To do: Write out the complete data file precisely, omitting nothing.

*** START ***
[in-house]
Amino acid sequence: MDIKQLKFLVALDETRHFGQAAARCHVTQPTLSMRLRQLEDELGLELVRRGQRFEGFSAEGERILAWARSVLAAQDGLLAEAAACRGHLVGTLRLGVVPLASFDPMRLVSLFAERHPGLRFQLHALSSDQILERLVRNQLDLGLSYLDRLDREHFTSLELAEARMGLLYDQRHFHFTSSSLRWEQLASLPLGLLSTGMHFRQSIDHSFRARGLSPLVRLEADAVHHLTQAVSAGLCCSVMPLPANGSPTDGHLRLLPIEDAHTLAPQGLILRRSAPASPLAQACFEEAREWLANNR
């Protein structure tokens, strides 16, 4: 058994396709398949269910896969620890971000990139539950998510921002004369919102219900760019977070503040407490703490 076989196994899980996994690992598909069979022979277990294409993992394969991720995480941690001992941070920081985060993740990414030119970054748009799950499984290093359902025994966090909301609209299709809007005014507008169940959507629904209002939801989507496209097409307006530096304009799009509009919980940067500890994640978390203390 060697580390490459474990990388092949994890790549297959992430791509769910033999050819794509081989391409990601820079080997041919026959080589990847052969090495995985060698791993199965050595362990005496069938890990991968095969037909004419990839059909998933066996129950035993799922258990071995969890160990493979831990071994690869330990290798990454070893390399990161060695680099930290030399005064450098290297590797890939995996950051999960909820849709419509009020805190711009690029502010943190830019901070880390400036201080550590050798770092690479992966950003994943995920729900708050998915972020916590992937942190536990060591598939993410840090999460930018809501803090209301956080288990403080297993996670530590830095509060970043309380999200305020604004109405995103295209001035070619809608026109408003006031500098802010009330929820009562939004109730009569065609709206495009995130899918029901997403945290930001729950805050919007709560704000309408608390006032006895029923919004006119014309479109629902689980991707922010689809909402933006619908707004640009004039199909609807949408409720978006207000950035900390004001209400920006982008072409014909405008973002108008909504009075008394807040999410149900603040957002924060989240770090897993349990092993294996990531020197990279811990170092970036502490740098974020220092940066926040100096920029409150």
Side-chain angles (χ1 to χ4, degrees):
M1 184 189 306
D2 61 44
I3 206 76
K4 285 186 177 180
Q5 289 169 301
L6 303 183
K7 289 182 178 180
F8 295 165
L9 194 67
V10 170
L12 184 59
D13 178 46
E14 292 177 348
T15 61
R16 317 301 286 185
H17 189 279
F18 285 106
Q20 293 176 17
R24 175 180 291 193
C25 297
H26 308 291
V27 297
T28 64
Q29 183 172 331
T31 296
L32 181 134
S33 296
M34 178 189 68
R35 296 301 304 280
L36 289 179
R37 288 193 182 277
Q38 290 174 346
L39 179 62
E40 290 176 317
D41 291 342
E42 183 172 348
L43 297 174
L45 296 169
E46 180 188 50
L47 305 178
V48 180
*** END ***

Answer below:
[in-house]
Amino acid sequence: MDIKQLKFLVALDETRHFGQAAARCHVTQPTLSMRLRQLEDELGLELVRRGQRFEGFSAEGERILAWARSVLAAQDGLLAEAAACRGHLVGTLRLGVVPLASFDPMRLVSLFAERHPGLRFQLHALSSDQILERLVRNQLDLGLSYLDRLDREHFTSLELAEARMGLLYDQRHFHFTSSSLRWEQLASLPLGLLSTGMHFRQSIDHSFRARGLSPLVRLEADAVHHLTQAVSAGLCCSVMPLPANGSPTDGHLRLLPIEDAHTLAPQGLILRRSAPASPLAQACFEEAREWLANNR
């Protein structure tokens, strides 16, 4: 058994396709398949269910896969620890971000990139539950998510921002004369919102219900760019977070503040407490703490 076989196994899980996994690992598909069979022979277990294409993992394969991720995480941690001992941070920081985060993740990414030119970054748009799950499984290093359902025994966090909301609209299709809007005014507008169940959507629904209002939801989507496209097409307006530096304009799009509009919980940067500890994640978390203390 060697580390490459474990990388092949994890790549297959992430791509769910033999050819794509081989391409990601820079080997041919026959080589990847052969090495995985060698791993199965050595362990005496069938890990991968095969037909004419990839059909998933066996129950035993799922258990071995969890160990493979831990071994690869330990290798990454070893390399990161060695680099930290030399005064450098290297590797890939995996950051999960909820849709419509009020805190711009690029502010943190830019901070880390400036201080550590050798770092690479992966950003994943995920729900708050998915972020916590992937942190536990060591598939993410840090999460930018809501803090209301956080288990403080297993996670530590830095509060970043309380999200305020604004109405995103295209001035070619809608026109408003006031500098802010009330929820009562939004109730009569065609709206495009995130899918029901997403945290930001729950805050919007709560704000309408608390006032006895029923919004006119014309479109629902689980991707922010689809909402933006619908707004640009004039199909609807949408409720978006207000950035900390004001209400920006982008072409014909405008973002108008909504009075008394807040999410149900603040957002924060989240770090897993349990092993294996990531020197990279811990170092970036502490740098974020220092940066926040100096920029409150």
Side-chain angles (χ1 to χ4, degrees):
M1 184 189 306
D2 61 44
I3 206 76
K4 285 186 177 180
Q5 289 169 301
L6 303 183
K7 289 182 178 180
F8 295 165
L9 194 67
V10 170
L12 184 59
D13 178 46
E14 292 177 348
T15 61
R16 317 301 286 185
H17 189 279
F18 285 106
Q20 293 176 17
R24 175 180 291 193
C25 297
H26 308 291
V27 297
T28 64
Q29 183 172 331
T31 296
L32 181 134
S33 296
M34 178 189 68
R35 296 301 304 280
L36 289 179
R37 288 193 182 277
Q38 290 174 346
L39 179 62
E40 290 176 317
D41 291 342
E42 183 172 348
L43 297 174
L45 296 169
E46 180 188 50
L47 305 178
V48 180